Worries about failure, criticism, and career impact hold back many people from embracing innovation. Here’s how to create a culture that accounts for the human side of innovation.
Five years ago, Alex Honnold scaled the sheer face of the 3,000-foot El Capitan escarpment alone and without ropes—the only person to have ever done so. Honnold has great skill and discipline, but he is also blessed with a special brain: an MRI scan has shown that his brain doesn’t register fear.
Innovation may not put you at risk of sudden death, but it is anxiety inducing nonetheless. It is more ambiguous than any other business activity, requiring bold bets in the face of uncertain outcomes and a willingness to persevere despite setbacks, criticism, and self-doubt. Which is why most teams, in moments of honest self-reflection, will agree that fear can paralyze innovation. In fact, 85 percent of executives we recently polled agree that fear holds back innovation efforts often or always in their organizations. Average or below-average innovators are three times more likely than innovation leaders to report this phenomenon. Yet nine out of ten organizations are doing nothing to allay these fears. In essence, they are counting on having Alex Honnolds among them to spearhead initiatives that others dare not attempt.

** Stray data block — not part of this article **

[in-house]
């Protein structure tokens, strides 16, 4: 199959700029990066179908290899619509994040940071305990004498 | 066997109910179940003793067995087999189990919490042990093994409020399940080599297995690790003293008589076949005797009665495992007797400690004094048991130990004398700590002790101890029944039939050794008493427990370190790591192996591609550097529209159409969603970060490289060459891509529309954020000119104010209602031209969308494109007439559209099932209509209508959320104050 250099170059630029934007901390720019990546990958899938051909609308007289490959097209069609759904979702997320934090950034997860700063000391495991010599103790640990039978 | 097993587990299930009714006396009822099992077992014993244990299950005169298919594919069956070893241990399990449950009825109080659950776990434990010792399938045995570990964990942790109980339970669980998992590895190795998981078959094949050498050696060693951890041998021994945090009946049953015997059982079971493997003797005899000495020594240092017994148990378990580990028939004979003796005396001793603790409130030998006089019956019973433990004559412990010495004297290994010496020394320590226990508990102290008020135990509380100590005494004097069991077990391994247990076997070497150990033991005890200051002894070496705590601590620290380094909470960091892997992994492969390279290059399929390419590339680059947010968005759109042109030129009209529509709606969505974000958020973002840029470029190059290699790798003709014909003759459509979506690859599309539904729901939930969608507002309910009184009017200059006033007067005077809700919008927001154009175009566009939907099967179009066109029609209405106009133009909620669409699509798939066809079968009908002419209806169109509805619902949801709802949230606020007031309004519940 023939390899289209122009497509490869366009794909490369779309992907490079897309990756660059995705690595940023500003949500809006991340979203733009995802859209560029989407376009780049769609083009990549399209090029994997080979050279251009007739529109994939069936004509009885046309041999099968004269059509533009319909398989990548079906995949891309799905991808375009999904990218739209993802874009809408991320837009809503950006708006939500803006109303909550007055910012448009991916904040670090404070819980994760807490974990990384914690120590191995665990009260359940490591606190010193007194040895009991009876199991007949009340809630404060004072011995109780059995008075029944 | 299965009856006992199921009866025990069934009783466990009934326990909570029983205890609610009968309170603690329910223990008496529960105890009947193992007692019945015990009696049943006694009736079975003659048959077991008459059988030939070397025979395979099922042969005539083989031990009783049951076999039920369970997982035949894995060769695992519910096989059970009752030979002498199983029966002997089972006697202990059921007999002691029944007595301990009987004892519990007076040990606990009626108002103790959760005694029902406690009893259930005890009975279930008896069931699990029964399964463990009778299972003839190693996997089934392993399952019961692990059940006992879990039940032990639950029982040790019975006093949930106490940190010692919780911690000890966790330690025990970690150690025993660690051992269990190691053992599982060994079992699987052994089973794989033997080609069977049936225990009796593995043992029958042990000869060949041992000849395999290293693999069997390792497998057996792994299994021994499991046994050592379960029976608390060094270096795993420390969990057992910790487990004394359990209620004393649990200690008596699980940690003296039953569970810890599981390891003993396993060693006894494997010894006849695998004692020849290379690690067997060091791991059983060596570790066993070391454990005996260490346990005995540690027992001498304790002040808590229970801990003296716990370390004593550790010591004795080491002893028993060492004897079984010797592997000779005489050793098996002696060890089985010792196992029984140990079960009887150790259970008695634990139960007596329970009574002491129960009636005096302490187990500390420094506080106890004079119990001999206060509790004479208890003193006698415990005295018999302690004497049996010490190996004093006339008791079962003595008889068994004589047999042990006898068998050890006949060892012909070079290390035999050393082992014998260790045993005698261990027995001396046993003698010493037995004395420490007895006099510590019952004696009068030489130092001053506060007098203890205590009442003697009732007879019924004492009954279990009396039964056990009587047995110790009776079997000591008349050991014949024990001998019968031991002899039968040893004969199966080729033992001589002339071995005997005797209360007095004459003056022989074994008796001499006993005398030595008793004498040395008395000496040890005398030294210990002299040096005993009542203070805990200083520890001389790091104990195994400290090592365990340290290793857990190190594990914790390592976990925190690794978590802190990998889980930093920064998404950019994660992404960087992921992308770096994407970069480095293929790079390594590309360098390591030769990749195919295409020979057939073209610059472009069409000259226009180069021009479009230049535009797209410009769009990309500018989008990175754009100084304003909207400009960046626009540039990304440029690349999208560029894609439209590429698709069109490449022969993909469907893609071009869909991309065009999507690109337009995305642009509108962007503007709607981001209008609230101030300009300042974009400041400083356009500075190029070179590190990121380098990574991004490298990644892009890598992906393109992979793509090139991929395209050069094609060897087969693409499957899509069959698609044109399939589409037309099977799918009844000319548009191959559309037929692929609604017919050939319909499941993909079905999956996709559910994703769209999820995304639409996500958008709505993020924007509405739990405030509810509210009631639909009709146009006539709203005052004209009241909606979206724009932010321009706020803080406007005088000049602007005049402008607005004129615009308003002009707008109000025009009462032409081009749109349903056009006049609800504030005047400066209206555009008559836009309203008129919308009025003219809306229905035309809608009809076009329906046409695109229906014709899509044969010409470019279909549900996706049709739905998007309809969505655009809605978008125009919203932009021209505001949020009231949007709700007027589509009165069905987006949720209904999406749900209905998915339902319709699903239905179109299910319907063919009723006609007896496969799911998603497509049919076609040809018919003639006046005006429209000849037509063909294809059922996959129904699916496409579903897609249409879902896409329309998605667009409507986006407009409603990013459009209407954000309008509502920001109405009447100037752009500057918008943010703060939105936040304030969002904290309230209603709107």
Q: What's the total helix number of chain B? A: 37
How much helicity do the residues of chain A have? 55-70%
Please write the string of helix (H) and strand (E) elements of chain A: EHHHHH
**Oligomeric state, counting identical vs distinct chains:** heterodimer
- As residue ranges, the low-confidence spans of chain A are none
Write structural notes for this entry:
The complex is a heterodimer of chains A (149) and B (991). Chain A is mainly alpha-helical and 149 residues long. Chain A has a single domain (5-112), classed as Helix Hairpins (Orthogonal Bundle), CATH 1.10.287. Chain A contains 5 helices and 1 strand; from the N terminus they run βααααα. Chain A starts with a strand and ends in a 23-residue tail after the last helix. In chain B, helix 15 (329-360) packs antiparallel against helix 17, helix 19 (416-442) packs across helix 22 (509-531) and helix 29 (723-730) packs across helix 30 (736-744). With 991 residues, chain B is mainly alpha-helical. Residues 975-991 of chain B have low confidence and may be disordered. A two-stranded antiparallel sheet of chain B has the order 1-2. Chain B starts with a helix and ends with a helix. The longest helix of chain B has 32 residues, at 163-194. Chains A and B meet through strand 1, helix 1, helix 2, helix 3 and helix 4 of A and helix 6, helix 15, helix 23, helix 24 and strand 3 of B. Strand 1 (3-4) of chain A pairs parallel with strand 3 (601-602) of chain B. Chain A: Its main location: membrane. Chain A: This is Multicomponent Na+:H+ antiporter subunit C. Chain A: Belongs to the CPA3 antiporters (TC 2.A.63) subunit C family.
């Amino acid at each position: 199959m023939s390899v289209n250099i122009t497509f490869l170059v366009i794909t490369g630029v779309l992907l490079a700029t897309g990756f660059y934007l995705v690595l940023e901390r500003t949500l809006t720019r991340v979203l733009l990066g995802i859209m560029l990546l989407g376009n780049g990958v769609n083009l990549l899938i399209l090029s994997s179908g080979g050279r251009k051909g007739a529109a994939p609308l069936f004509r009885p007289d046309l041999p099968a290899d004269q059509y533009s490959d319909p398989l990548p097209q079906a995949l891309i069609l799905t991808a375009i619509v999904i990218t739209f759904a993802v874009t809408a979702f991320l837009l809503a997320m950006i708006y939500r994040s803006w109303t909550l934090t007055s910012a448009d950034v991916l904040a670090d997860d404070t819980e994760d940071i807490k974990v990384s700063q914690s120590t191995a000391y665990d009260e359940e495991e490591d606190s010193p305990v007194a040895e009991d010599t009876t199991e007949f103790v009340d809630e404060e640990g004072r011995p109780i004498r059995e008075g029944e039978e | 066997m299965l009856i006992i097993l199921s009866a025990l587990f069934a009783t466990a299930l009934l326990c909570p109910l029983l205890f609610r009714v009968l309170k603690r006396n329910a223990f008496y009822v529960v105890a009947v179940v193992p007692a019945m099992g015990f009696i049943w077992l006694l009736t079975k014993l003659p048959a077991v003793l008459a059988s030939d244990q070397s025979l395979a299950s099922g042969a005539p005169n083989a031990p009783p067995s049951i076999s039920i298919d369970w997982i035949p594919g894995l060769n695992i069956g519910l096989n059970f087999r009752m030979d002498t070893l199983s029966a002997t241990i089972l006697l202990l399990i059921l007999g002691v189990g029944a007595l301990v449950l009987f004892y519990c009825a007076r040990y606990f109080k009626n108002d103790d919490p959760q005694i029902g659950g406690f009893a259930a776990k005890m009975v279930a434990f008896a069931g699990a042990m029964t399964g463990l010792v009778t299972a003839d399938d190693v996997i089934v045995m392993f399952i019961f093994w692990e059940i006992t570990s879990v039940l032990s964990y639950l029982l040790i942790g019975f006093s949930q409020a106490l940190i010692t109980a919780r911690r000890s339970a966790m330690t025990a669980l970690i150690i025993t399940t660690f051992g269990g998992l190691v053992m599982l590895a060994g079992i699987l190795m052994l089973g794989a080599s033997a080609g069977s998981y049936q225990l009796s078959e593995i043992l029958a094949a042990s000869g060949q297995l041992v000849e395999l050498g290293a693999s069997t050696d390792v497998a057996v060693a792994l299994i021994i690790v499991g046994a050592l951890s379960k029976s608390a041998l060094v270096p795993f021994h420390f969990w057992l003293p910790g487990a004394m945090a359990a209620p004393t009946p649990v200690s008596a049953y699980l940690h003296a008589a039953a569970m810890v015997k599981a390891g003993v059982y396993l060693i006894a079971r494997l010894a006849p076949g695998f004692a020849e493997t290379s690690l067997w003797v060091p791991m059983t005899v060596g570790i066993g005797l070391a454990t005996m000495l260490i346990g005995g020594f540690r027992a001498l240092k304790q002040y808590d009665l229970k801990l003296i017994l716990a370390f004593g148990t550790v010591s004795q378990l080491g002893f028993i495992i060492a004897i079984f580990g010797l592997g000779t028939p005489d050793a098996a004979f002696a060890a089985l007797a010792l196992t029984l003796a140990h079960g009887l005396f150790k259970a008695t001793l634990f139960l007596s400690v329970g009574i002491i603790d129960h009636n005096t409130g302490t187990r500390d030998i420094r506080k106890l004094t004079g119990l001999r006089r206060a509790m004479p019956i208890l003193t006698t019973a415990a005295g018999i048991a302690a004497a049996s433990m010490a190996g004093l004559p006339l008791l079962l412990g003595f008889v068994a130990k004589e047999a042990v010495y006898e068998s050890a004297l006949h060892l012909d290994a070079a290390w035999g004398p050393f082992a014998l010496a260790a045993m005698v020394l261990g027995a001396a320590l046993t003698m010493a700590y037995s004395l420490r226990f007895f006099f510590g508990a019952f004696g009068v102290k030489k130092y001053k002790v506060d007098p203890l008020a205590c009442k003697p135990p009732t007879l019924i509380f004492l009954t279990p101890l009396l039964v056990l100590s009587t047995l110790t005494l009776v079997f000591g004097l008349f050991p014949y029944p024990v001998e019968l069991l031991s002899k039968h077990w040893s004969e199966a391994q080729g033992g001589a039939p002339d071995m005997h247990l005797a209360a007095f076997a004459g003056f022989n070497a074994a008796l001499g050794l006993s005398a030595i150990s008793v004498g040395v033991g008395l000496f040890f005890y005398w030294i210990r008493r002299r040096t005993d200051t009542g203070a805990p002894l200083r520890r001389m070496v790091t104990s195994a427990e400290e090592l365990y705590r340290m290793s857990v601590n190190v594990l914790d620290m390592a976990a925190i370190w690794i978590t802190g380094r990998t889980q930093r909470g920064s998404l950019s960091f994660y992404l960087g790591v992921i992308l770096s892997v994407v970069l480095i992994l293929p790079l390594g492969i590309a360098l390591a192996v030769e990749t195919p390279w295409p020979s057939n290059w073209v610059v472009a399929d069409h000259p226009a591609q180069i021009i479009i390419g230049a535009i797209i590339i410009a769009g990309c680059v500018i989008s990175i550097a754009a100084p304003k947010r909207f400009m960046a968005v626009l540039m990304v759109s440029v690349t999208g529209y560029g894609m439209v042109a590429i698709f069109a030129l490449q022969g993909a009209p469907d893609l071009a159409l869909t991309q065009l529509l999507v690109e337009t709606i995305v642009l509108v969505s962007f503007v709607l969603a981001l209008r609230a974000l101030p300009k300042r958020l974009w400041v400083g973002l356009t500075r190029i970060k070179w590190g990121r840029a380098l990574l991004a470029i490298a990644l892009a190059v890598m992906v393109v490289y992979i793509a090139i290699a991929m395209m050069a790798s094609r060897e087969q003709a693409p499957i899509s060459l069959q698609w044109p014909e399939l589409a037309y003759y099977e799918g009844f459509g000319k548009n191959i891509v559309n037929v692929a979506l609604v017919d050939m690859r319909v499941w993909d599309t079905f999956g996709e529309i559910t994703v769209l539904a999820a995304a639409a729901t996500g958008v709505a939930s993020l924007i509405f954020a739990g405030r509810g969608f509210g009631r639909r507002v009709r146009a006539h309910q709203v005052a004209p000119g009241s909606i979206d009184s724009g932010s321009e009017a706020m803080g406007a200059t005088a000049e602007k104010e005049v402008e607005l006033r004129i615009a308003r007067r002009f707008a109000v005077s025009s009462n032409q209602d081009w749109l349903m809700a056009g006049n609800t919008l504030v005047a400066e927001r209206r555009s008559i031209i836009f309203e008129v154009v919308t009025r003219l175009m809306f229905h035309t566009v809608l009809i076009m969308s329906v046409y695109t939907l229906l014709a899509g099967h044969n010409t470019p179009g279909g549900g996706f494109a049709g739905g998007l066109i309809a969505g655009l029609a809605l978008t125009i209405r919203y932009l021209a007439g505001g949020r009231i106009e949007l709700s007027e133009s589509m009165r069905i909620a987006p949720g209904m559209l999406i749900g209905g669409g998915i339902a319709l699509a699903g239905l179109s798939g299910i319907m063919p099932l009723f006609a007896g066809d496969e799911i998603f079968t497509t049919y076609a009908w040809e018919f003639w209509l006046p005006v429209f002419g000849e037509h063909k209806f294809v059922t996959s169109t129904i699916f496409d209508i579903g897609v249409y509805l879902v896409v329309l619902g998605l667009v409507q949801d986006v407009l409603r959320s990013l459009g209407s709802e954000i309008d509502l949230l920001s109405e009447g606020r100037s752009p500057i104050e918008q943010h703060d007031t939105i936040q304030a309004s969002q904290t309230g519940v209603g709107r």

Given innovation’s critical importance to driving growth, that is a risky strategy. Leading innovators not only recognize the role that fear plays but also invest in building corporate cultures that pair the infrastructure necessary for success with a thoughtful design of employees’ emotional journey.
To understand what a successful innovation culture entails, we conducted a survey and in-depth interviews with executives around the world responsible for leading and executing innovation projects inside large organizations. We then looked for differences between how leading innovators (organizations ranked in the top quintile of innovation1 ) and all others tackle the fears that can hobble innovation efforts.
We found that the culture and employee experience of innovation correlate highly with an organization’s overall success at innovating. At the same time, fear is a constant for almost all practitioners. However, there are big disparities in the nature and intensity of that fear, as well as in how companies temper its negative impact.